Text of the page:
Book Cover with Burning Bus

Freedom Ride, Civil Rights and Non-Violent Resistance by James Peck

From the Forward by James Baldwin:
“The moral of [the Freedom Ride story is that, how­ever painful it may be for us to change, not to change will be fatal.”

From the Introduction by Lillian Smith:
“This is the vivid, detailed account of how a few people, accidentally or spontaneously, found the symbols that speak to everybody: the need to eat, the need to move—how they went at it, what they endured, how they changed within themselves. I am glad Jim Peck, who is a courageous and thoughtful participant in ideas and acts, wrote it down.”

After reading this work in manuscript. Lillian Smith wrote to James Peck: “I like your book very much. I was moved by it on certain pages, very deeply; and relived much of what I already knew about it.”

This vivid, deeply moving story, Freedom Ride, tells for the first time in book form of the nonviolent action to end segregation that was penetrating the South in the early 60s. Before its on-the-scene report of the 1961 Freedom Rides, it tells of the author’s experience with Jim Crow Bibles used in Southern courts, of segregated benches, shoe-shine stands, buses, churches, prisons, restaurants, rest rooms and waiting rooms.
It tells of a swimming pool in a New Jersey amusement park where white people could enter simply with the pur­chase of a ticket, but where blacks had to apply for membership to the “Sun & Surf Club” and wait forever. It tells of the student jail-ins, where decent citizens preferred to submit themselves to imprisonment rather than give up their “fightless fight” for humanity. And finally it tells of the now historic first Freedom Ride.
The author, James Peck, is a man whose quiet but passionate concern for human rights earned him fifty-three stitches in his head when, in Birming­ham, Alabama, he and the other Free­dom Riders tried to show that blacks and whites had the right to eat together in a bus terminal lunchroom. Here is his personal report.

To read this ebook using Google Play Books on your tablet, or iBooks on an iPad, download this epub format.


To read on a device from Amazon, or on the Kindle app on your computer, here is the ebook in mobi format.

Directions on how to email this file to your device are here.
To add this mobi file to your Kindle for PC software to read the chapters on your computer, see these instructions .

 

 

Cover shows Bethune leading children up a hill

Mary McLeod Bethune

To read this ebook using Google Play Books on your tablet, or computer, or iBooks on an iPad, download this epub format.

To read on a device from Amazon, or on the Kindle app on your computer, here is the ebook in mobi format.

Directions on how to email this file to your device are here.
To add this mobi file to your Kindle for PC software to read the chapters on your computer, see instructions at http://tinyurl.com/y8gsazq.

 

This is the challenging and inspired true story of a little girl who was determined to learn to read, and who went on to be a teacher, the founder of a college, an adviser to statesmen, and a great humanitarian. Mary McLeod Bethune was the fifteenth child of hardworking and god fearing parents. She was the first of their children to be born free. Her ancestry was wholly of African origin, a point of pride throughout her life.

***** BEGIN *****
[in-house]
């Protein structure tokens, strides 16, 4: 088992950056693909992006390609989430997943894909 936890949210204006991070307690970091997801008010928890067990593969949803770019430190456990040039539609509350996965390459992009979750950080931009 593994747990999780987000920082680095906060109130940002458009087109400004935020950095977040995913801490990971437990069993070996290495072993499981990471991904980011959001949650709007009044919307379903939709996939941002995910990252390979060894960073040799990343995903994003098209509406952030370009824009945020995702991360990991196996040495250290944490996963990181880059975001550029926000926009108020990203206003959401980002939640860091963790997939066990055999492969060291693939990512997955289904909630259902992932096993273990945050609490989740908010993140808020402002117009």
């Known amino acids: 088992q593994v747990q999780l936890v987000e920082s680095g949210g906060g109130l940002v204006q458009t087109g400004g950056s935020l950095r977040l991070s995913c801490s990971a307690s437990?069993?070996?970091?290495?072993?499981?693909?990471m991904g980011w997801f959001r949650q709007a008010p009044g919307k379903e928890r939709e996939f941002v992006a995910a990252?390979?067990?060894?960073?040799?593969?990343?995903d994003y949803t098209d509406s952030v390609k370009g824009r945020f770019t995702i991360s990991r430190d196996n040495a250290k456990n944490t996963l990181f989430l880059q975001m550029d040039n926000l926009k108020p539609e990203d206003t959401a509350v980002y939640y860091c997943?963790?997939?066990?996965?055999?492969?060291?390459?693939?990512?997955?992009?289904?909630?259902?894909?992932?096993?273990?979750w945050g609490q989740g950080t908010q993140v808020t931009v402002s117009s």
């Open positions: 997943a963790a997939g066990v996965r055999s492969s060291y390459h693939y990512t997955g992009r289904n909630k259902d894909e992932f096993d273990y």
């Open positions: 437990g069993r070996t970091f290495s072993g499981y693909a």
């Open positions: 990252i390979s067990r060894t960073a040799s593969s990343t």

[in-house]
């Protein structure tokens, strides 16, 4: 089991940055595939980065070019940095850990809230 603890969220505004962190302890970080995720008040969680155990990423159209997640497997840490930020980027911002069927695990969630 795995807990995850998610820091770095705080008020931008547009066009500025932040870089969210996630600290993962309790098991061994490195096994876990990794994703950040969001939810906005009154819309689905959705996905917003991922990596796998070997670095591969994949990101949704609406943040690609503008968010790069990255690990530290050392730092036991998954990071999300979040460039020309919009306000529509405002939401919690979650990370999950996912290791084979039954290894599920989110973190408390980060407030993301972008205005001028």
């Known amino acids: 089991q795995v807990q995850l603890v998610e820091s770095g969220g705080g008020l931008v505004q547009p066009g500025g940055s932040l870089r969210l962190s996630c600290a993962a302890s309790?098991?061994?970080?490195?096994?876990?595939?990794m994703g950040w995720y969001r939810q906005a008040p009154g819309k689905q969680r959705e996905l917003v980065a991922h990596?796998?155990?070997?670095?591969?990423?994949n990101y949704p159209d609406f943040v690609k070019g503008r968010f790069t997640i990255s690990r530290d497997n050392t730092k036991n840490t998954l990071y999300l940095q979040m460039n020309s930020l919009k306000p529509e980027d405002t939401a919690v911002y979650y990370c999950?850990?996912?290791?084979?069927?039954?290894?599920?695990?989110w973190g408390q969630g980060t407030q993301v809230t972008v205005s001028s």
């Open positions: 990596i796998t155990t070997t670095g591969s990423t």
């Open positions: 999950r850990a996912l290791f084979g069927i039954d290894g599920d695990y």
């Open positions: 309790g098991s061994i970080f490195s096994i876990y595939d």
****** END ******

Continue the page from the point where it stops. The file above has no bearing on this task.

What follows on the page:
Mrs. Bethune worked untiringly to restore—through education—her people’s faith in the magnificent heritage that is rightfully theirs. During the many years of and tribulation, she refused to give up her fondest dream—her own school for Negro children. And, as a shining monument to her hard work and faith, she has given to black youth the thriving institution of Bethune-Cookman College in Daytona Beach, Florida.

Cover showing a bombed out bridge

Dear Fatherland, Rest Quietly by Margaret Bourke-White

Download an epub file for Apple, and Android devices:

Download a mobi file for Amazon devices:

 

An excerpt from The New York Times review, December 4, 1946 by Orville Prescott.

“Miss Bourke-White is one of the most distinguished of American photographers. Before the war she was a specialist in pictures of industry. During the war as a photographer for Life she took many of the best frontline pictures which appeared in that magazine, in Russia, in Italy and in France and Germany. She traveled by jeep, by plane and on foot wherever reporters were allowed to go, which often meant where shells were exploding and bullets flying. But she did not just take pictures. Miss Bourke-White is a good reporter as well as a photographer. She talked with all manner of men and with resourceful enterprise sought out representative and significant men. The present volume includes 128 of her excellent pictures of Germany in defeat, in addition to Miss Bourke-White’s report on her investigations….

Few Uninfected With Nazism

“….Miss Bourke-White talked with hundreds of Germans. Among them she found a few, a pitiful few, who had not succumbed to the Nazi infection. Most of therm, did not admit or realize that there was any infection. They did not admit that Hitler was evil, that Germany had started the war, that they were aware of the torture and death camps, that they in any way shared responsibility for their government’s and their nation’s crimes. Many of them expected the Allies to finance Germany’s recovery, to be responsible for German employment.

“In Bremen Miss Bourke-White found an old friend, a German girl who had graduated from the Columbia School of Journalism. “Here will be somebody I can talk to,” she thought. But the intelligent, American-educated girl turned out to be an ardent defender of Nazism and all its works. “We have believed in the party principles for centuries,” she said. “Adolf Hitler never knowingly told a lie.”